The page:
This work “is designed to provide a working basis for the appreciation of American art. To accomplish this I have attempted especially to trace the careers of the leaders in their respective eras—artists who even now are modern old masters. ... Naturally it is too early as yet to judge the younger artists correctly, consequently only a limited number are here represented; those are included who indicate the trend of thought in art to-day.” (Introd.) Beginning with a chapter on West, Copley, Peale and Trumbull, the author traces American painting down to the present day, closing with a chapter on Ultra-modern art. The book is illustrated with over 200 reproductions of paintings.

=A L A Bkl= 14:12 O ‘17

“The author has been responsible for a series of quite a half-dozen books embodying various phases of this subject, all of which have found readers. ... The work is broad and comprehensive, and the many illustrations are equally so, and add greatly to the interest of the work.”

+ =Boston Transcript= p6 Je 23 ‘17 420w

“The author’s appreciations are characterized by both fairness and interest. The 230 illustrations are chosen with discrimination.”

+ =Ind= 91:514 S 29 ‘17 60w

“The illustrations afford only a fair idea of the pictures, for it must be confest that they are somewhat flat and leave much to the imagination.”

+ — =Lit D= 55:43 D 1 ‘17 300w

+ =Outlook= 116:488 Jl 25 ‘17 40w

“The text is delightfully written, with just enough chattiness to lift it out of the ruts of guide-books. One welcomes the chapter on ultra-modern art, inasmuch as upon the spirit of unrest manifest in it largely depends our artistic progress.”

+ =R of Rs= 56:219 Ag ‘17 100w

“One studies the volume rather hopelessly in the search of the key to the sequence of names. The pictures are so good that they might stand as the raison d’etre of the volume with the letterpress added as commentary.”

+ — =Springf’d Republican= p6 D 13 ‘17 350w

=BRYCE, MRS CHARLES.= Long spoon. *$1.40 (2c) Lane 17-23341

The title of this book is taken from the old proverb, “He must have a long spoon that must eat with the devil.” The scene is laid in Wales. The heroine, Thirza, has married Sir Hugo Averill as a means of support, only to discover that he is a brute with a partially unbalanced brain. Two men fall in love with Lady Averill: George Blount, who has rented Sir Hugo’s fishing, and Oswald Gerrard, Sir Hugo’s land agent. The story goes on to tell how Lady Averill resorts to necromancy to solve her difficulties, and what comes of it all in the end.

“Terse and full of action and sustained interest. ... To introduce necromancy in a novel is daring and difficult, for if the subject is not treated with great tact it so easily distorts and cheapens. Mrs Bryce has done her work cleverly.”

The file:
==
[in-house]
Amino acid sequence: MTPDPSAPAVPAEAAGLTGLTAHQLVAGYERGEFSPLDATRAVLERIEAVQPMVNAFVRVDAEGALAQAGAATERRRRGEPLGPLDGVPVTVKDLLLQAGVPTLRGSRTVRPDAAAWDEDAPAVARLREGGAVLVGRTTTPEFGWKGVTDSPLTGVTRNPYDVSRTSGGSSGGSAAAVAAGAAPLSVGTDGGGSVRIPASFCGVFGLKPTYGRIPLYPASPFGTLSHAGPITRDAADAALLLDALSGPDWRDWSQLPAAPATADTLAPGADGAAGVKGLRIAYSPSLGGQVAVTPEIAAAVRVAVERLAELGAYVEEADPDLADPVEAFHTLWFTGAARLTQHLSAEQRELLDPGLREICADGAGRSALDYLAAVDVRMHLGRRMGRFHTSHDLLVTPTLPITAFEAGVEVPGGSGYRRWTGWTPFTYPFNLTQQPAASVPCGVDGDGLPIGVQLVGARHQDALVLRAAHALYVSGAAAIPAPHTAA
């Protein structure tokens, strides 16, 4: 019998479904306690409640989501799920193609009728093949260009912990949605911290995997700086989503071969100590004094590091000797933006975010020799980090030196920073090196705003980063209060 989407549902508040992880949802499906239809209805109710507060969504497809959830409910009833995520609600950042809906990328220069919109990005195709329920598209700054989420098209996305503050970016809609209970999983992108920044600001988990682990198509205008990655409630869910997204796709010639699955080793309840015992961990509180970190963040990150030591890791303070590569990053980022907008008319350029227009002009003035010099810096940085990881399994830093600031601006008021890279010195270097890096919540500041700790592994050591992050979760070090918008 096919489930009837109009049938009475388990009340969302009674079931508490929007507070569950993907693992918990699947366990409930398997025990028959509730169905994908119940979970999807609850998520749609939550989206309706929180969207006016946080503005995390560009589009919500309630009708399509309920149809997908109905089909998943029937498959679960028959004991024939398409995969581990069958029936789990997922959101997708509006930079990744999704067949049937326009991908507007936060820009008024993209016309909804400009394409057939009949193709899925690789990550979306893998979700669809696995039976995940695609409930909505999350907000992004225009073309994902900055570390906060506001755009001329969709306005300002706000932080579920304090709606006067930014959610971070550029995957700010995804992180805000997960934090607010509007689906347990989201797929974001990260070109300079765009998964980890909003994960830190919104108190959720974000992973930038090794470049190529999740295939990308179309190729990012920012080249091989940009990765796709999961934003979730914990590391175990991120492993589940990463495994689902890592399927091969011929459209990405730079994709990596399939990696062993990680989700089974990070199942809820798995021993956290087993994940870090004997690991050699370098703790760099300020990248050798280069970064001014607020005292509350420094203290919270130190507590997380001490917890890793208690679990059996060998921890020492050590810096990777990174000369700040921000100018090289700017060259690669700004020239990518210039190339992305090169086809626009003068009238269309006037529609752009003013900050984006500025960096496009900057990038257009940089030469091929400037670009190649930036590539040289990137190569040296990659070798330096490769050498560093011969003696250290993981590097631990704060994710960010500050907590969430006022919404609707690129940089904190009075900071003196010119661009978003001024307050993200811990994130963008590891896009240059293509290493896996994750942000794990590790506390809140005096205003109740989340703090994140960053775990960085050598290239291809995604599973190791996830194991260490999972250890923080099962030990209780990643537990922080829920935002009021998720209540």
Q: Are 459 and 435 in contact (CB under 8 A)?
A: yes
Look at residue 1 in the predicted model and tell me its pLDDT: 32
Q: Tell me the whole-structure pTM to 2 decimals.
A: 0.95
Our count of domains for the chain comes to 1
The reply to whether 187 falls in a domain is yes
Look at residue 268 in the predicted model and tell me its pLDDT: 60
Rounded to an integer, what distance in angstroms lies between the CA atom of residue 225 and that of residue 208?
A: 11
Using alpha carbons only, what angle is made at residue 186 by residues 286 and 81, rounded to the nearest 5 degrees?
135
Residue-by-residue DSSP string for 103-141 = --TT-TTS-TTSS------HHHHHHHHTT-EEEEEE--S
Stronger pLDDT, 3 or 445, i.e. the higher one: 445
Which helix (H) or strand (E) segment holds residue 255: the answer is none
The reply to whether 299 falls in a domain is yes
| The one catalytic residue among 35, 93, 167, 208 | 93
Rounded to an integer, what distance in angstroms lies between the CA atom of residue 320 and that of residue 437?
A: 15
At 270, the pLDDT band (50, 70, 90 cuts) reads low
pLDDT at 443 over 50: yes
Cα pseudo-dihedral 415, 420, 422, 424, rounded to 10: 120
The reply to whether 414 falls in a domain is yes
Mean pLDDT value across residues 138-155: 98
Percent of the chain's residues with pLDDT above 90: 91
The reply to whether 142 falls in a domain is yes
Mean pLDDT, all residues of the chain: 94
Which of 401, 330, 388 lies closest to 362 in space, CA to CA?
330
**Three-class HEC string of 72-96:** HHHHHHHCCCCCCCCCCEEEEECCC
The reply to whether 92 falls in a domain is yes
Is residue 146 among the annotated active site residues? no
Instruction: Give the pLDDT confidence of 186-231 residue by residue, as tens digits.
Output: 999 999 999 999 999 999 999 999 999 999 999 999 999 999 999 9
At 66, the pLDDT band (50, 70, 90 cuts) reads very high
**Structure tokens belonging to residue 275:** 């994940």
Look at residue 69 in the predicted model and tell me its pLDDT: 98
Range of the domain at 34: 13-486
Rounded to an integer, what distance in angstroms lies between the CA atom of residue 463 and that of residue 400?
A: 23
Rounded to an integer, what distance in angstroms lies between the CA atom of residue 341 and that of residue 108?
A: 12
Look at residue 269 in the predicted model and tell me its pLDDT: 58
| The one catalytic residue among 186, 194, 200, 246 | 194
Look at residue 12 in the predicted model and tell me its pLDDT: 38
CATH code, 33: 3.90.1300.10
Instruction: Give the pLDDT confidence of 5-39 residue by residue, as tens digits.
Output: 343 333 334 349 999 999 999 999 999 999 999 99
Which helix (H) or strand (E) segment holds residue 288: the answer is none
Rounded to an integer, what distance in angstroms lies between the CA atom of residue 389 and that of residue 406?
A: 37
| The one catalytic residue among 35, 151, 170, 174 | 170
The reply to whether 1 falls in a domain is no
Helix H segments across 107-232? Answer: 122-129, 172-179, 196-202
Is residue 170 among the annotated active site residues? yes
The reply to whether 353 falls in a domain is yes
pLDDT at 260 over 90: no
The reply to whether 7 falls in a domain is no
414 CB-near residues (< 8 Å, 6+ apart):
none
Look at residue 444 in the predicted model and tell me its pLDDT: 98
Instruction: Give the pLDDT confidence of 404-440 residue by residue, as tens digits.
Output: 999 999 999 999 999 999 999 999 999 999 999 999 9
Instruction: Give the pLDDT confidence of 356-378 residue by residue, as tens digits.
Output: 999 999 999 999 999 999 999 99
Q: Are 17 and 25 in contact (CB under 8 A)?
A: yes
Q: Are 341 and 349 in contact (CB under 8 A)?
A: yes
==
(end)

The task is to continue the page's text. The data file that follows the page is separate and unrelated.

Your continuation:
+ =N Y Times= 22:343 S 16 ‘17 160w

=BRYCE, JAMES BRYCE, viscount.= Some historical reflections on war, past and present. *1s Oxford 172.4

These essays are portions of two presidential addresses delivered to the British academy, June, 1915 and July, 1916. “Among the topics considered are the vast range and extent of the war, its immense influence upon neutral nations, the changes in the methods of war, the cost, the moral issues raised, the effect in each nation upon the whole body of the people, ... the shock given to the rules of international law, the chief causes of war in the past, the question whether international machinery can be contrived ‘calculated to reduce the strength of the forces that make for war and to strengthen those that make for peace.’ He indicates some of the difficulties to be surmounted, but believes that there is much to be hoped from the creation of ... an international mind, and of an international public opinion.” (Ath)

=Ath= p33 Ja ‘17 280w

“Lord Bryce’s two presidential addresses are deliberately written in a spirit of detachment. ... The second address contains some acute criticisms upon plans for a federation, or league of nations.” M. J.

+ =Int J Ethics= 27:538 Jl ‘17 110w

=BRYCE, JAMES BRYCE, viscount.= Treatment of Armenians in the Ottoman empire, 1915-1916; documents presented to Viscount Grey. *$1 Putnam 956 17-2893

“The collection is made from a great variety of reliable sources including American consuls and missionaries, German travelers and missionaries, Danish Red cross workers, Swiss visitors, native teachers, pastors and other religious leaders. It is a terrible mass of conclusive evidence pointing to the perpetration of the foulest crime ever committed against a defenseless people.”—Ind

=A L A Bkl= 13:393 Je ‘17

=Ind= 90:437 Je 2 ‘17 200w

“If the reader is sickened by the dreadful reiteration of horrors, of torture and murder and mutilation, of outrage and burning, of the sufferings of starving women forced to march on under a blazing sun when the pains of labour were on them, let him not fail to read Mr Toynbee’s admirable historical retrospect of Armenia and his review of the antecedents and procedure of the deportation policy.”

=Spec= 118:105 Ja 27 ‘17 2100w

=BRYCE, JAMES BRYCE, viscount, and others.= Proposals for the prevention of future wars. *1s Allen & Unwin, London 341.1 (Eng ed 17-22062)

“This is a draft scheme for an international alliance to keep the peace. It differs from the League of nations society’s programme in not asking the Allies to enforce an arbitrator’s award, and from the programme of the American League to enforce peace in requiring the Allies to deal with aggression by a non-Ally as well as by one of their number.”—Spec

=Ath= p303 Je ‘17 90w

=Int J Ethics= 28:288 Ja ‘18 110w

=Spec= 118:705 Je 23 ‘17 60w